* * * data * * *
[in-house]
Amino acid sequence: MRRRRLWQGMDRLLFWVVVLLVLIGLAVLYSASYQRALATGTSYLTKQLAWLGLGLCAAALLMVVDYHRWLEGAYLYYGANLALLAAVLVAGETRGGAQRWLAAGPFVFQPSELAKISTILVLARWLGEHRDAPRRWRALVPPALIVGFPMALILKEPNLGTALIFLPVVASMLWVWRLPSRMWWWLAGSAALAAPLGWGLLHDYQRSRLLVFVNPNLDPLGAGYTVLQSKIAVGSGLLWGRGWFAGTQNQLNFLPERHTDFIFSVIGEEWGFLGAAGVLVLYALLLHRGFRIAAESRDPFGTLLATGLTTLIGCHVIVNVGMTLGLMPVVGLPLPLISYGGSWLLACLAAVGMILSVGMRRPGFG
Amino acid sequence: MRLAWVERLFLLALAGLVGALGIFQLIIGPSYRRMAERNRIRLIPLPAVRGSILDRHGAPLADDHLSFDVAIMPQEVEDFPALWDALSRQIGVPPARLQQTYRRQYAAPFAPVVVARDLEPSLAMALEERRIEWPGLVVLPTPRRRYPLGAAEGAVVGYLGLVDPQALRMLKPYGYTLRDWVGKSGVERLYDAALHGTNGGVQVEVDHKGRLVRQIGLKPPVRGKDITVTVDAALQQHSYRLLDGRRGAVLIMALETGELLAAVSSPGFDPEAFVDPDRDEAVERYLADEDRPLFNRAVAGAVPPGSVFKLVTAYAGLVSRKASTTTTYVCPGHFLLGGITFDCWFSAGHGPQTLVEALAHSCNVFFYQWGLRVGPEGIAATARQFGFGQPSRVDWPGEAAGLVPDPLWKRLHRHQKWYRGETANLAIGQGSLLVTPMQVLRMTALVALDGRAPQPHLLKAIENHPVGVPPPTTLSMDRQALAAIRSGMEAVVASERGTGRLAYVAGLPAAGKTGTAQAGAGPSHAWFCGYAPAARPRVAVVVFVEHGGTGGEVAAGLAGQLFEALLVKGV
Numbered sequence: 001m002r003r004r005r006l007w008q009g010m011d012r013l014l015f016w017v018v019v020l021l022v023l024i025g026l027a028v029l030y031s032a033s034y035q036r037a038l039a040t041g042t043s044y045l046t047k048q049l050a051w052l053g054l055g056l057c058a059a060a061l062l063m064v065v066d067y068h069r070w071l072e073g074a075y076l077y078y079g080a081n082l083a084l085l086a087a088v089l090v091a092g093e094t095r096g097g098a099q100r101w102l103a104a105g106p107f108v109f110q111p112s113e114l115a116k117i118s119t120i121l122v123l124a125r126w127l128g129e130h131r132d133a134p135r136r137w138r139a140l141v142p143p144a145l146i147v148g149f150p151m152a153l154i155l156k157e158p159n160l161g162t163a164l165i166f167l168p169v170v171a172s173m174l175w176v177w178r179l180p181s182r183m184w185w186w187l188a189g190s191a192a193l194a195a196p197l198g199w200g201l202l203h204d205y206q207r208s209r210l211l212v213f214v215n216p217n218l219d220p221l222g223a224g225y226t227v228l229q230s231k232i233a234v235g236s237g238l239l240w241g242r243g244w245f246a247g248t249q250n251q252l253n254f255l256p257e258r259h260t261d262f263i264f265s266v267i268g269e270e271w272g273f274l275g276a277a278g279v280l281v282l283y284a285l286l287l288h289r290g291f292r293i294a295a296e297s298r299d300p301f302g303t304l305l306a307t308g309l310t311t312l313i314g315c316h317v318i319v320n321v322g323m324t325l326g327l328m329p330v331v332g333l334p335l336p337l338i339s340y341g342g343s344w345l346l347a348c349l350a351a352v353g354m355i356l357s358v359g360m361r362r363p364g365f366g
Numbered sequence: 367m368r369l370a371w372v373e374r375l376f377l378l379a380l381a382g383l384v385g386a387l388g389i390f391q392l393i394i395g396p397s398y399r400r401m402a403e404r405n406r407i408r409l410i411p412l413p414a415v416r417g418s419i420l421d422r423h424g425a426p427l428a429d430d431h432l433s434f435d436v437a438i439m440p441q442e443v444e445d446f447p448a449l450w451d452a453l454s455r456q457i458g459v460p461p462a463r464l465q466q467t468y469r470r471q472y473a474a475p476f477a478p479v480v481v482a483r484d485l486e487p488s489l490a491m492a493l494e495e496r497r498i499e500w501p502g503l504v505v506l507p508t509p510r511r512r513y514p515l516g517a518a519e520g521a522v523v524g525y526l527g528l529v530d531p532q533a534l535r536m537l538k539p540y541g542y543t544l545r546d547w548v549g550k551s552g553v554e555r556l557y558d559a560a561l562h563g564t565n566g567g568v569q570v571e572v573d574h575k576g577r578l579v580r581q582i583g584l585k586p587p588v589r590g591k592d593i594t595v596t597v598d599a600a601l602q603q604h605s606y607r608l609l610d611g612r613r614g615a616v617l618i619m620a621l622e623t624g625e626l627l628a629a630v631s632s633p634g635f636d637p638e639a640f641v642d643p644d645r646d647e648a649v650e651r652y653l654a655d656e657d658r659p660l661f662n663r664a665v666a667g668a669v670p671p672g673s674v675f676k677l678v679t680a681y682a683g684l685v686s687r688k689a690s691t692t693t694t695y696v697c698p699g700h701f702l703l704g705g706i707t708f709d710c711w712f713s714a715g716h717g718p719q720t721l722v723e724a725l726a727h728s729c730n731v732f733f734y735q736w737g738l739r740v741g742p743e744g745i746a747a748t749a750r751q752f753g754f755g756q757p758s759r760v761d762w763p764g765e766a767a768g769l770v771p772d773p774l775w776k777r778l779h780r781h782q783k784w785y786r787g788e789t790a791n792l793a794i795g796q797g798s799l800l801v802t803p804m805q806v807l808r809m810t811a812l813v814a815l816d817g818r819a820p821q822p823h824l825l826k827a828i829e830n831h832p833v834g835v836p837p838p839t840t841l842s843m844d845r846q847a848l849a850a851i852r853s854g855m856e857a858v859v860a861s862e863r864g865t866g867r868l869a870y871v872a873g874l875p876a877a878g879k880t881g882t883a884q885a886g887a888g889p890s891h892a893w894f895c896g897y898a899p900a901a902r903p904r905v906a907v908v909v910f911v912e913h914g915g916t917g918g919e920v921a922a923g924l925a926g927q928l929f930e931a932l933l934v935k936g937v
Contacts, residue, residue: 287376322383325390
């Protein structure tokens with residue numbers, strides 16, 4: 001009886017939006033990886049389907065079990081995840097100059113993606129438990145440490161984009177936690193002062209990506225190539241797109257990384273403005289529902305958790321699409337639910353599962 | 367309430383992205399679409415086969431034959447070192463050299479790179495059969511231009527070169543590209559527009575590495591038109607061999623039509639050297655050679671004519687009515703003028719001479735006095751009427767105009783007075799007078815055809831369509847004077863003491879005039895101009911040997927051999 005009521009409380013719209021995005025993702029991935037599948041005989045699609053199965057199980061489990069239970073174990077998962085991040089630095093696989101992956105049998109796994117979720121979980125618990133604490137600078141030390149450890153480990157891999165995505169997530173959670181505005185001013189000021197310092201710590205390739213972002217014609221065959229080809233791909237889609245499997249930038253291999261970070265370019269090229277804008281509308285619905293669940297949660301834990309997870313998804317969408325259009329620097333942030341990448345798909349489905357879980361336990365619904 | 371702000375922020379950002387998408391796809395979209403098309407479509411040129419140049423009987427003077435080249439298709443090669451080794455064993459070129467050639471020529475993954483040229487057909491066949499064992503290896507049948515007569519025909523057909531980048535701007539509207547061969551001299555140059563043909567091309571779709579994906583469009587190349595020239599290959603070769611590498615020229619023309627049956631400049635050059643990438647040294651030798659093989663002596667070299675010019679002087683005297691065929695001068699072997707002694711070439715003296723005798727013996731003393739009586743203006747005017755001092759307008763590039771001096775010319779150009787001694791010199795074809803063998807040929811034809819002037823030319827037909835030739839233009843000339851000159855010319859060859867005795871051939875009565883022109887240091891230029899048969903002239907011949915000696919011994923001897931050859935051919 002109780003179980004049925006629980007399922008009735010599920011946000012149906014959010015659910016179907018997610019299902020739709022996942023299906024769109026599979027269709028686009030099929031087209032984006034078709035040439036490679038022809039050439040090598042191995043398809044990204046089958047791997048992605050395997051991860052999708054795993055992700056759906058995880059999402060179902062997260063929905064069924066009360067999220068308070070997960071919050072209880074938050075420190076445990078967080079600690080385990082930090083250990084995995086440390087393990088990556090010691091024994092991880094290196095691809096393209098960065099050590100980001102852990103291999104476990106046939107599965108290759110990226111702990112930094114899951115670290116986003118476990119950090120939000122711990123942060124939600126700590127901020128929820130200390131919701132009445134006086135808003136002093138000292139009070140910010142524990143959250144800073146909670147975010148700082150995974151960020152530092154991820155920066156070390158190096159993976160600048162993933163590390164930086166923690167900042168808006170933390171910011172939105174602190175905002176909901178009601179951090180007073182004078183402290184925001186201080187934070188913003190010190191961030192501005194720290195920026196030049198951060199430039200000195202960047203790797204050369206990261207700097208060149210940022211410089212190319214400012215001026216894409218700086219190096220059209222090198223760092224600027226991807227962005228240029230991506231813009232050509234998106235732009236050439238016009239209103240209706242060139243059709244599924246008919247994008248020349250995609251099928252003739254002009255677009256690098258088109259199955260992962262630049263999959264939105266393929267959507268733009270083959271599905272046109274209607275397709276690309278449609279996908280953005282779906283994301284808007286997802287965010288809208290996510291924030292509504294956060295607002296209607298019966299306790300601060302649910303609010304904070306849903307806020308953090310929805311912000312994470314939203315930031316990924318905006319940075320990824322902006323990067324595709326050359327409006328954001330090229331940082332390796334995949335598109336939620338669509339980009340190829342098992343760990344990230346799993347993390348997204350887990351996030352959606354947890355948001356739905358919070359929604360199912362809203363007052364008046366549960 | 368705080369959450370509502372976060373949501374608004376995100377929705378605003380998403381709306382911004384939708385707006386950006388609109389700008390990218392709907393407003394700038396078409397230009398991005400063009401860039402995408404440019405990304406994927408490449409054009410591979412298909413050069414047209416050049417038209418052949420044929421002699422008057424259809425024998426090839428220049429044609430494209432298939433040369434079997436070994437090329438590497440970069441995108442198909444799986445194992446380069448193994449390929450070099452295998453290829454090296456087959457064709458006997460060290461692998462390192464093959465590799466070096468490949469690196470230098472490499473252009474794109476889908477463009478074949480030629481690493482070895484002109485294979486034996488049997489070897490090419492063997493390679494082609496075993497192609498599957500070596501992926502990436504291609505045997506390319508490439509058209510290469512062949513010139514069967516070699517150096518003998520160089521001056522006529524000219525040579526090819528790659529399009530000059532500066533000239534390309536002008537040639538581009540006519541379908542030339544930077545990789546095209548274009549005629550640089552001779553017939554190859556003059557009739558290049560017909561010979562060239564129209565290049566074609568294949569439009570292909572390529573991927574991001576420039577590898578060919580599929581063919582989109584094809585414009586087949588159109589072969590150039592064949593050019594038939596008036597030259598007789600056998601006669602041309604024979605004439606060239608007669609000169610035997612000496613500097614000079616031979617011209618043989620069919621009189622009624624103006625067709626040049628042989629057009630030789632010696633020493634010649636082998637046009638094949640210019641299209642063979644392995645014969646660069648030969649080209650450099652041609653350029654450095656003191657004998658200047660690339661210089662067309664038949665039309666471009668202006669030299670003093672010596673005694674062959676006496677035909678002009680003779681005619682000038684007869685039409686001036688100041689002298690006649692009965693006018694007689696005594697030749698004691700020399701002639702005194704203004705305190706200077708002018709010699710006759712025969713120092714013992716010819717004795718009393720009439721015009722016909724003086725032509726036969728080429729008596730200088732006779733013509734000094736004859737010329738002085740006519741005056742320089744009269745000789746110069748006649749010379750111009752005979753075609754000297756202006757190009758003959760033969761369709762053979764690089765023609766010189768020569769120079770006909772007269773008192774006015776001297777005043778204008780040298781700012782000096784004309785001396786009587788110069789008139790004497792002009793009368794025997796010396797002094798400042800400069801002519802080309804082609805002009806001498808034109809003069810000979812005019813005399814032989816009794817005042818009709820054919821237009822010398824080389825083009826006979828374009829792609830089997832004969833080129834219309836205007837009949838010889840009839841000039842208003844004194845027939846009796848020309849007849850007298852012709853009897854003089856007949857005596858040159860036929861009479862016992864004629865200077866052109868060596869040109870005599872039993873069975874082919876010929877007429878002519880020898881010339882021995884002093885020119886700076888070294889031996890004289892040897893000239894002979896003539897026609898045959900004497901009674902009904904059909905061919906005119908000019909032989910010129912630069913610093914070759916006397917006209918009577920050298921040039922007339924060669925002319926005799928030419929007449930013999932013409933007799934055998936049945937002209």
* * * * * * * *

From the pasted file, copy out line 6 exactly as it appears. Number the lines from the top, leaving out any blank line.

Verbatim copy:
Contacts, residue, residue: 287376322383325390